Here’s another medication that seems to have ascended rapidly up the price ladder: naloxone, the med we depend on to reverse an opioid overdose. That’s not good, given the reality of 30,000-plus actual fatalities last year.
Prices on pre-filled naloxone syringes (favored by emergency personnel) doubled in 2014. Nasal spray pricing jumped by a factor of five in just two years.
As one expert quoted in the article said: This is NOT the same thing as raising the price of snow shovels when a storm is on the way. We’re talking about people’s survival.
Price increases, particularly these very dramatic ones, make the medication inaccessible for many who need it most. Such as family members and others in position to administer naloxone at time of OD, thus preventing a fatality. Also, the nonprofits who seek to supply naloxone to families at little or no cost.
Does the pharmaceutical industry profit? Well, of course. Revenues from the product are up 400% in the past five years.
Big Pharma reports providing free injection devices to some of those nonprofits but it feels almost like a loss leader, intended to recruit new customers for subsequent overcharging.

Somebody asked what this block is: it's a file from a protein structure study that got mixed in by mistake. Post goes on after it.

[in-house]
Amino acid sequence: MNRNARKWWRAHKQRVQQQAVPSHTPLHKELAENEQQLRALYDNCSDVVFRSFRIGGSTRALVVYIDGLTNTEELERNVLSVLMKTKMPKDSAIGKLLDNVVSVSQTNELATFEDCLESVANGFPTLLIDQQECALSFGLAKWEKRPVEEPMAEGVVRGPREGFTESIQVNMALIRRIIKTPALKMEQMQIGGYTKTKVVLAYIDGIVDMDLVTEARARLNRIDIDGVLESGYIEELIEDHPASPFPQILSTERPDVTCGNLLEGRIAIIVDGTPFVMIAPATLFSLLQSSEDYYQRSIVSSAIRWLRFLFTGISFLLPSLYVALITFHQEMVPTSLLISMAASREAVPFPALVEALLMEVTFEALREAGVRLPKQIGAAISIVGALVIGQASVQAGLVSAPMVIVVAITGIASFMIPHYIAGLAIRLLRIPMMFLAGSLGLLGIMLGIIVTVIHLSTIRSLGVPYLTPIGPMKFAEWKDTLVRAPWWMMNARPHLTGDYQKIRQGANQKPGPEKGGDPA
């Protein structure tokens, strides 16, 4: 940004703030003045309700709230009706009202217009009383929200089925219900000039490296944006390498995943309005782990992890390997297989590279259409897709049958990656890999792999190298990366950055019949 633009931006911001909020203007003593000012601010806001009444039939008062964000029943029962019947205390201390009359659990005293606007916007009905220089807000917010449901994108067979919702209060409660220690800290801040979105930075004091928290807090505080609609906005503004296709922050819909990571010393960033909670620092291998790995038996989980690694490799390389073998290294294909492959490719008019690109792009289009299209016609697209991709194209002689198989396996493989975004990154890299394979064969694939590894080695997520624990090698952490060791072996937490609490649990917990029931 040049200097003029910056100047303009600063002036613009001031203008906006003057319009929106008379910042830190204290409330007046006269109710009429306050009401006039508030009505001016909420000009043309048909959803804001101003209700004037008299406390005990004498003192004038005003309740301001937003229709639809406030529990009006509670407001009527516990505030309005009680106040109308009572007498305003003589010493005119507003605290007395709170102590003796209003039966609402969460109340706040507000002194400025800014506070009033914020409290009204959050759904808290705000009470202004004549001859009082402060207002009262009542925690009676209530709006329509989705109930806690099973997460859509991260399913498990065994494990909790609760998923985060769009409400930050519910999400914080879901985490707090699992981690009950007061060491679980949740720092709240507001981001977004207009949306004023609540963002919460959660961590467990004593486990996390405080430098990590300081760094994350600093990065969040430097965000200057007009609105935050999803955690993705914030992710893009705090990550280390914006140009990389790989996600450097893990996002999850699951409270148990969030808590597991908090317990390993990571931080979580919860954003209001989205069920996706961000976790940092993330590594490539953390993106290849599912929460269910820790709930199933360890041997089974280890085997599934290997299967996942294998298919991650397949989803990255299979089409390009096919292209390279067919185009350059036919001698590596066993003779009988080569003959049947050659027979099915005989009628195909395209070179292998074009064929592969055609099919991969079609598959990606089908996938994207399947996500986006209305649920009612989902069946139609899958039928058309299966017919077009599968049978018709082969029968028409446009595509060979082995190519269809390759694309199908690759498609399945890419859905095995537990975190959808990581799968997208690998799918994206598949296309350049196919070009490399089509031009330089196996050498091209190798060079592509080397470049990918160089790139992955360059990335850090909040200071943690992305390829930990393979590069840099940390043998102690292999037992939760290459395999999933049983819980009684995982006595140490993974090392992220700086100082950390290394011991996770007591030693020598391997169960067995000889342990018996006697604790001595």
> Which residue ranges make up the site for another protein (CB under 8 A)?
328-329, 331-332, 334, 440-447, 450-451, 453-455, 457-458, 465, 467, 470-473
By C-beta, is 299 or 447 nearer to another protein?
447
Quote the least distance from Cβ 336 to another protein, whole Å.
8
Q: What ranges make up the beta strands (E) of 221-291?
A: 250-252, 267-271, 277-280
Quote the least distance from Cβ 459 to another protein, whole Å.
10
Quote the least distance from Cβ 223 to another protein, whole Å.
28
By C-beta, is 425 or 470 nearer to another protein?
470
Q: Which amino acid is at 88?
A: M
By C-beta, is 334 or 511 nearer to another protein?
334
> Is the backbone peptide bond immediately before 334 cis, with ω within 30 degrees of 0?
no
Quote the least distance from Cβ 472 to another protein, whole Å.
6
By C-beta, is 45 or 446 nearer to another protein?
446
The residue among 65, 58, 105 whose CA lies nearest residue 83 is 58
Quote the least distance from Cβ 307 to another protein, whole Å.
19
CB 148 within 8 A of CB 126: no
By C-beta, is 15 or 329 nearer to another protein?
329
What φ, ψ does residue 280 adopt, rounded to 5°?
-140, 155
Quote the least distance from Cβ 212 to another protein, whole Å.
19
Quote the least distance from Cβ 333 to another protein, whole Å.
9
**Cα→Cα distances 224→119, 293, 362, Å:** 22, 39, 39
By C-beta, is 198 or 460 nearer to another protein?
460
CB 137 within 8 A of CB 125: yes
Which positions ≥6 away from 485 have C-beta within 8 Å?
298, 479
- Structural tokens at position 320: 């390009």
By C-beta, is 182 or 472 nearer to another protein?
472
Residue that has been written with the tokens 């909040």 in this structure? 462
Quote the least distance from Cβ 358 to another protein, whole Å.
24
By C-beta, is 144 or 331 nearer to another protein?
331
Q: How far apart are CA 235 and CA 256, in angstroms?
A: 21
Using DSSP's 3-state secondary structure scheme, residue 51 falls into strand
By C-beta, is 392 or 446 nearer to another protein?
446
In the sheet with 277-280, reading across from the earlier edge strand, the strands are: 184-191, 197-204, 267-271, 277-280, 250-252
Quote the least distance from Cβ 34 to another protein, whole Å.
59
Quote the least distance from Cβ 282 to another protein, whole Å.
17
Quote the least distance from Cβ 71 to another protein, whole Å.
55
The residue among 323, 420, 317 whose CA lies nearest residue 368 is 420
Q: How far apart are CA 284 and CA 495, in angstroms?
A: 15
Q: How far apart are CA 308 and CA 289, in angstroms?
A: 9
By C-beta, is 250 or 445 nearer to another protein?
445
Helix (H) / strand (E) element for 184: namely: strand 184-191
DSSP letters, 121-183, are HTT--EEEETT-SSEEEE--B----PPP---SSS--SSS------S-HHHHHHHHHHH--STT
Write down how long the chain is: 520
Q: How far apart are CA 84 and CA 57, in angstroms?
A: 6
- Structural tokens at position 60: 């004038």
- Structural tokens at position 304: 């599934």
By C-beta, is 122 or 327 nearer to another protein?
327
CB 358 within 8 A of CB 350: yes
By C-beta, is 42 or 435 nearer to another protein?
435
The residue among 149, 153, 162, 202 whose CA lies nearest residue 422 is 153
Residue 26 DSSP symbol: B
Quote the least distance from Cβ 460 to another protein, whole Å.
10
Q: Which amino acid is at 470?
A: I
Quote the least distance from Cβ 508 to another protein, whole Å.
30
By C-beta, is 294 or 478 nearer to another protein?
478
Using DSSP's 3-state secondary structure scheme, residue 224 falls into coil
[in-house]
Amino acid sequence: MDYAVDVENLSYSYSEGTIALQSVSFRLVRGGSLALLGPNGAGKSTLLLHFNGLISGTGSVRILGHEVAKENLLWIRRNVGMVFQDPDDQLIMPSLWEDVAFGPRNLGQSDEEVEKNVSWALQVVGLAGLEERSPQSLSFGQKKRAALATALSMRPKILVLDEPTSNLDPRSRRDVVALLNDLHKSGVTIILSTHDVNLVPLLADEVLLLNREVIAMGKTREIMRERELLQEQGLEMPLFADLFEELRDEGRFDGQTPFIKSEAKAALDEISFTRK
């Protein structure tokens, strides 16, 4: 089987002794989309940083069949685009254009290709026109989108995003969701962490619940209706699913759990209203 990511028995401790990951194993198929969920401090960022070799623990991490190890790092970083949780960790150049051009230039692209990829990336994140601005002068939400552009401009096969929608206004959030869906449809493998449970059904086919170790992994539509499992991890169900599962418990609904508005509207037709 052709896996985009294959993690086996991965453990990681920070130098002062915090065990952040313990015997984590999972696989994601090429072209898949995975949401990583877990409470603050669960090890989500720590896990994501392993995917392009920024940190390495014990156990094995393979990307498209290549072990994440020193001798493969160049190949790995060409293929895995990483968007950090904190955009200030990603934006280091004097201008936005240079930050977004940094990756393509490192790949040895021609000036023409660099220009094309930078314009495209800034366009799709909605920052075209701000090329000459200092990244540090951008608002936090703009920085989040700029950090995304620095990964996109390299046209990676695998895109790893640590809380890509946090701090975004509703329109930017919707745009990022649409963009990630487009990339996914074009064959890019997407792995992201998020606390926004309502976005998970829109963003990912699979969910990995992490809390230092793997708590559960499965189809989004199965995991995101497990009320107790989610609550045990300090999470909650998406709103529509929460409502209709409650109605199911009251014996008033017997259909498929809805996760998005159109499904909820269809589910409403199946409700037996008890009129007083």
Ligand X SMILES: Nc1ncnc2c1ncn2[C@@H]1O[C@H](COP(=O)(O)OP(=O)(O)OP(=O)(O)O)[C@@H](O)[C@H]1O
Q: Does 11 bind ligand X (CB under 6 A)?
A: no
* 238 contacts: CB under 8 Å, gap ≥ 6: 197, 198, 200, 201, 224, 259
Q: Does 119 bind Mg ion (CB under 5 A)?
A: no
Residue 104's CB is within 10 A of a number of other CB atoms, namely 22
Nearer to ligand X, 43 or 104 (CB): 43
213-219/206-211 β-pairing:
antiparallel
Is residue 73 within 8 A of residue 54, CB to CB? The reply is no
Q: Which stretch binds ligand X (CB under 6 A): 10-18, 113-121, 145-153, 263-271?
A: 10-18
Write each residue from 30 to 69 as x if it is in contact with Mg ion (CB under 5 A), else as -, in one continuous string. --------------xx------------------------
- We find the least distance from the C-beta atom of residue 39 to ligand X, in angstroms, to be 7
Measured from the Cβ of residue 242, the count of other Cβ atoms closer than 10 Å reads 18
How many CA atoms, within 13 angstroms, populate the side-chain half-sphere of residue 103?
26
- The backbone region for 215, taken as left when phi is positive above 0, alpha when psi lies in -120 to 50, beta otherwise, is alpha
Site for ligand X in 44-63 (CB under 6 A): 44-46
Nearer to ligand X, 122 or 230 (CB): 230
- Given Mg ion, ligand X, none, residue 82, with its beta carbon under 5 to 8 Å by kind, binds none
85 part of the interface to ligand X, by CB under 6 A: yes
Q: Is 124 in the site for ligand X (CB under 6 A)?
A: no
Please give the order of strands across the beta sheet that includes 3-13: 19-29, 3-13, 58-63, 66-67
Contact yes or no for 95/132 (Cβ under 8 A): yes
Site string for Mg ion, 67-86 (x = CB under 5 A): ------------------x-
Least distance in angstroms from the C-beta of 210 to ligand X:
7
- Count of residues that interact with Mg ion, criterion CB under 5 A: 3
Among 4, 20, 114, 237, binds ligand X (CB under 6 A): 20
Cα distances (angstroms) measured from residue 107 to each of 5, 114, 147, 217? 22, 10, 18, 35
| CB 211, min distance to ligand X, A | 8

Companies argue price hikes are needed to support new research leading to advances in medicine. The counter-argument: such advances aren’t significant enough to justify the size of the price increase. Which takes us back to the issue of profiteering.
Hardly anyone is coming up with genuinely new drugs in behavioral health. To support revenues, companies naturally seek to augment or alter older products that can be sold at a much higher price. Naloxone– a drug that despite its usefulness has no real action of its own, and costs little in its original form– happens to be one such product.
It’s not the only one. Here’s an article on buprenorphine pricing.
A few months ago a lawsuit was filed by 35 states and the District of Columbia, alleging that the maker of Suboxone manipulated patent laws and hyped safety concerns for the sole purpose of justifying another big price leap. The charges themselves were based in evidence including internal memos. They seemed to show company execs plotting to keep the price inflated.
From an economic perspective, it appears to have worked. The CEO’s pay package doubled in 2015, due to a performance bonus. He made $28.7 million. Still, he’s considered a bargain compared to his predecessor, who managed to scoop up a cool $99.9 million before his departure.
OK, now it makes sense. You fork over that much cash for one employee, you probably have to price-gouge. Or, ahem, change your business model.